Making SMD boards - wither paste stencils?
fgentges at mindspring.com
Mon Nov 15 09:32:29 CST 2010
We have used the laser toner transfer with some success. We found that a specially set up laminating machine was needed to get a reliable transfer of the toner to the PC board. We used an HP LJ3 but other printers at the time we tried did not deposit enough toner to work. We could turn the toner density up full bore on the LJ3 and that made that part of it all work.
The resolution was not great and doing little 50 mil pins just would not work. The toner would squish out in the laminator from the pressure and the lines would start to merge.
We used the special paper we got from Mouser and the backing would loosen up from the toner and just float away. That worked fine. We did not need any touch ups.
Our concern after all this is we had made one board and unless we were very careful, later boards were a crap shoot spoiled by some failure along the line.
We now have been using
They are in Ireland and provide reliable quality work. We do the layout in PCB Free
and earlier in Eagle with silk screen and solder masks. Importantly, they provide a free stencil that looks to be stainless steel. The stencil has become an essential element of making things with PC boards and surface mount now.
Given all the stuff we were buying and time spent with toner transfer, this proved a better approach. Once you have proved the design from a prototype, they have good pricing on small quantities. If you generate Gerbers for your prototype, you can get other makers to make boards if you need a quantity of boards. We did make up a fixture to place the stencil over the board to assure alignment while putting on the solder paste.
We modified a toaster over with a solid state temperature controller so we can follow the solder paste manufacturer's time and temperature curve. We are getting some real nice looking reflow soldering from this. The controller uses a thermocouple and an attached notebook computer. We did pretty good earlier with a "barefoot" toaster oven so the controller just gave us a consistent product.
Our work has led us to using others for the PC board and we no longer try to make our own as it takes too much time and money with marginal results. If you are doing through hole parts and 0.1 lead spacing you may find the toner transfer still an acceptable approach.
This reply has gotten a bit long but I hope it helps everyone understand what we have evolved through and may save some time and money on their next project.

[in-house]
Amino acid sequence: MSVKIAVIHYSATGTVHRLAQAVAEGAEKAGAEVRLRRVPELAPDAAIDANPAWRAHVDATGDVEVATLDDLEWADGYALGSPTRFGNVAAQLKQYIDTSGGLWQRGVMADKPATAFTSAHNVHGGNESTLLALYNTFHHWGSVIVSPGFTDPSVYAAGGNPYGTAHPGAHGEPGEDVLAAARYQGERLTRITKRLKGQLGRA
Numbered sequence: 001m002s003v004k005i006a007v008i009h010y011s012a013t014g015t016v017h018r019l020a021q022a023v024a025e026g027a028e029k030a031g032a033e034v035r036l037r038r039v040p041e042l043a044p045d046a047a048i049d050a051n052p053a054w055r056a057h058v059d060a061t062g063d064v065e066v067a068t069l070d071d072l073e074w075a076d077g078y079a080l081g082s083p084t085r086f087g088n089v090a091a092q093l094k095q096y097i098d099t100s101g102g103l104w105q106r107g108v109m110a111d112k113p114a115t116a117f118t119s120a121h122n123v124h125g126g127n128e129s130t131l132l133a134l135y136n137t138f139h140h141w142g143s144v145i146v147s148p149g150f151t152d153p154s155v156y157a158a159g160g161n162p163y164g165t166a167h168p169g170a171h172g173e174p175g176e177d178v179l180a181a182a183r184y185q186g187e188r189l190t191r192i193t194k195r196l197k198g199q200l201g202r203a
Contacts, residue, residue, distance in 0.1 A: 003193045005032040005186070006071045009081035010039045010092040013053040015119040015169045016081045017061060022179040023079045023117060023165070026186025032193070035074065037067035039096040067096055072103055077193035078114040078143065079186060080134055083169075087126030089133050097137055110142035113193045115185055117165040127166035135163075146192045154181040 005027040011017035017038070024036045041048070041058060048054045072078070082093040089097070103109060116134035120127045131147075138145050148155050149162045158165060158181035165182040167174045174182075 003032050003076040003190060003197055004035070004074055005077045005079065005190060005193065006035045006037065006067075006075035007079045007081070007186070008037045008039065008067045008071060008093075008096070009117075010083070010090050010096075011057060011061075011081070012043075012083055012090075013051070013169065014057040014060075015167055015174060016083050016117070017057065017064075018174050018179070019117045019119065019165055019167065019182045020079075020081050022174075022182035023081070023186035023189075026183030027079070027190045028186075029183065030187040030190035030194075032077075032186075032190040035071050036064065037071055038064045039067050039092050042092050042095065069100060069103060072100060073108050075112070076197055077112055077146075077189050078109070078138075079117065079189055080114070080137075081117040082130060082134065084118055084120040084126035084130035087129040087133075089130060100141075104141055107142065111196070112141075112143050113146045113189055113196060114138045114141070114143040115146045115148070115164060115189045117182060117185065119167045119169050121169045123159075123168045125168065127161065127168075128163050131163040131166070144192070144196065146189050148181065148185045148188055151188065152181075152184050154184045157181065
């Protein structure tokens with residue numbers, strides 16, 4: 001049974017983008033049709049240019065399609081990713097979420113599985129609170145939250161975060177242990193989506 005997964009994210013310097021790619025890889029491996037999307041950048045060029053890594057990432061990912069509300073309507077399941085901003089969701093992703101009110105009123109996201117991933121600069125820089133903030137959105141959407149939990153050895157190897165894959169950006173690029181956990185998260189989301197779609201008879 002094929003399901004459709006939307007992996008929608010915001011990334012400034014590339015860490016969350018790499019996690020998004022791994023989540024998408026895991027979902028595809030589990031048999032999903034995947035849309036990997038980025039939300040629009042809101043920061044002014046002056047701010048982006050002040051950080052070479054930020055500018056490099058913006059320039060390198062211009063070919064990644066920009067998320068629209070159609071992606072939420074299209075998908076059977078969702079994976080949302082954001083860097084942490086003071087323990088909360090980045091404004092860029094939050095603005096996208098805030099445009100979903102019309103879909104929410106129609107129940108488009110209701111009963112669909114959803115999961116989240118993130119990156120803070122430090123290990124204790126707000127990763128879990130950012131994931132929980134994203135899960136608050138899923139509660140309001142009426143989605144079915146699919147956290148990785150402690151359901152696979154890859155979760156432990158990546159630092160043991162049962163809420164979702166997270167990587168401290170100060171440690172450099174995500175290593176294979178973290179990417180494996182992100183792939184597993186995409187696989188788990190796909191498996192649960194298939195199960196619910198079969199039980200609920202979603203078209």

On Nov 14, 2010, at 8:46 PM, Mike O'Dell wrote:
> i've been thinking a lot about how one makes
> PCBs for home-brew designs using SMDs.
> after talking with a number of folks,
> the consensus seems to be that making a board
> using toner-transfer (plus pen touch-ups)
> and etching with ferric chloride will work
> acceptably well.
> when i asked about making stencil for solder
> paste, the 2.5 suggestions were: laser cutter,
> vinyl cutter (a plotter with a sapphire scalpel
> instead of a pen), or (.5) use a syringe and
> dot the board manually.
> it seems to me that there should be a way to make
> a paste stencil that isn't any more complex than
> making the board, and the article i referenced
> before on the "Ediburgh Etch" for intaglio print-making
> may provide the answer. (I almost wrote "solution" but
> stopped in time.) the trick is adding some citric acid
> to the ferric chloride. it dramatically improves the
> etching performance.
> using toner-transfer, one ought to be able to image
> the stencil on very thin brass shim stock or even
> heavy copper foil. paint the back and edges with
> a resist and then let the etchant chew all the
> way through the metal to make the stencil.
> i bring this up to ask if anyone knows of a better
> approach before i try this out?
> while for small designs one can make a stencil
> manually, there is something to be said for
> a stencil that is made using the same tape-out
> as the board.
> however, if people have manually made stencils
> (like for the charleston SDR board??), what
> techniques seem the best and where is the cross-over
> between manual dotting with a paste syringe and
> making a stencil?
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